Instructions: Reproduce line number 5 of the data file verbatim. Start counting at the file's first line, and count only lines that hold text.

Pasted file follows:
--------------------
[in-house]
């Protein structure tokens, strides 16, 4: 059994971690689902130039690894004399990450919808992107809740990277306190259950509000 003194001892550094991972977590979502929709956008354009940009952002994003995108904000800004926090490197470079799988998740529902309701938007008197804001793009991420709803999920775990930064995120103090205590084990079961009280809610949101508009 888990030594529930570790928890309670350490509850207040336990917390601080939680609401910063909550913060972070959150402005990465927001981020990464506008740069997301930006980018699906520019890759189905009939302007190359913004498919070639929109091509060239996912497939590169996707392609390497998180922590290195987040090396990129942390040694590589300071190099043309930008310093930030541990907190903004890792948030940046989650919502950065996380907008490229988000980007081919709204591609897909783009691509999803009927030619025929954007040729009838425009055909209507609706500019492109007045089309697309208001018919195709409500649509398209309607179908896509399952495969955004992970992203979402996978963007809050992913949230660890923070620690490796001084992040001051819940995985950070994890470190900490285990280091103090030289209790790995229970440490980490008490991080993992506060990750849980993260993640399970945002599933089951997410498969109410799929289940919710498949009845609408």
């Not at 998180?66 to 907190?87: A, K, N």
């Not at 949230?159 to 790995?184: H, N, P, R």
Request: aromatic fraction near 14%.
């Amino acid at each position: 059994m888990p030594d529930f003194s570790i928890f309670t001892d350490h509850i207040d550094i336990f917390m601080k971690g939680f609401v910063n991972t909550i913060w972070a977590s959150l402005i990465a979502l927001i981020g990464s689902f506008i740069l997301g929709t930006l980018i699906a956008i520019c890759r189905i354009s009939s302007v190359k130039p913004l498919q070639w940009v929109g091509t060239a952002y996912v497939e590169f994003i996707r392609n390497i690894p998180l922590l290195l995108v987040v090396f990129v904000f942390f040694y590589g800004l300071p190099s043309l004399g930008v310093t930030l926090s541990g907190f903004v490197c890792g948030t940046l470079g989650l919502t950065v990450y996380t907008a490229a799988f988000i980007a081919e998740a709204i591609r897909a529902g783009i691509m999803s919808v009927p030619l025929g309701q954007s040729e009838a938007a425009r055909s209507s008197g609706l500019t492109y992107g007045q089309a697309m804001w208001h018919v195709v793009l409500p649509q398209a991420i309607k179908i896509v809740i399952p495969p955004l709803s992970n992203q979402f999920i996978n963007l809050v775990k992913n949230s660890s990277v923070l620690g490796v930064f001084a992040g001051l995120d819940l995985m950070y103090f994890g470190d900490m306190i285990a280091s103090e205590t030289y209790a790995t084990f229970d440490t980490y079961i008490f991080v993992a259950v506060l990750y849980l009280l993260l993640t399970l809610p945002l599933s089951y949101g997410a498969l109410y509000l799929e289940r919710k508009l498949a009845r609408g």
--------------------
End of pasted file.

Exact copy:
Request: aromatic fraction near 14%.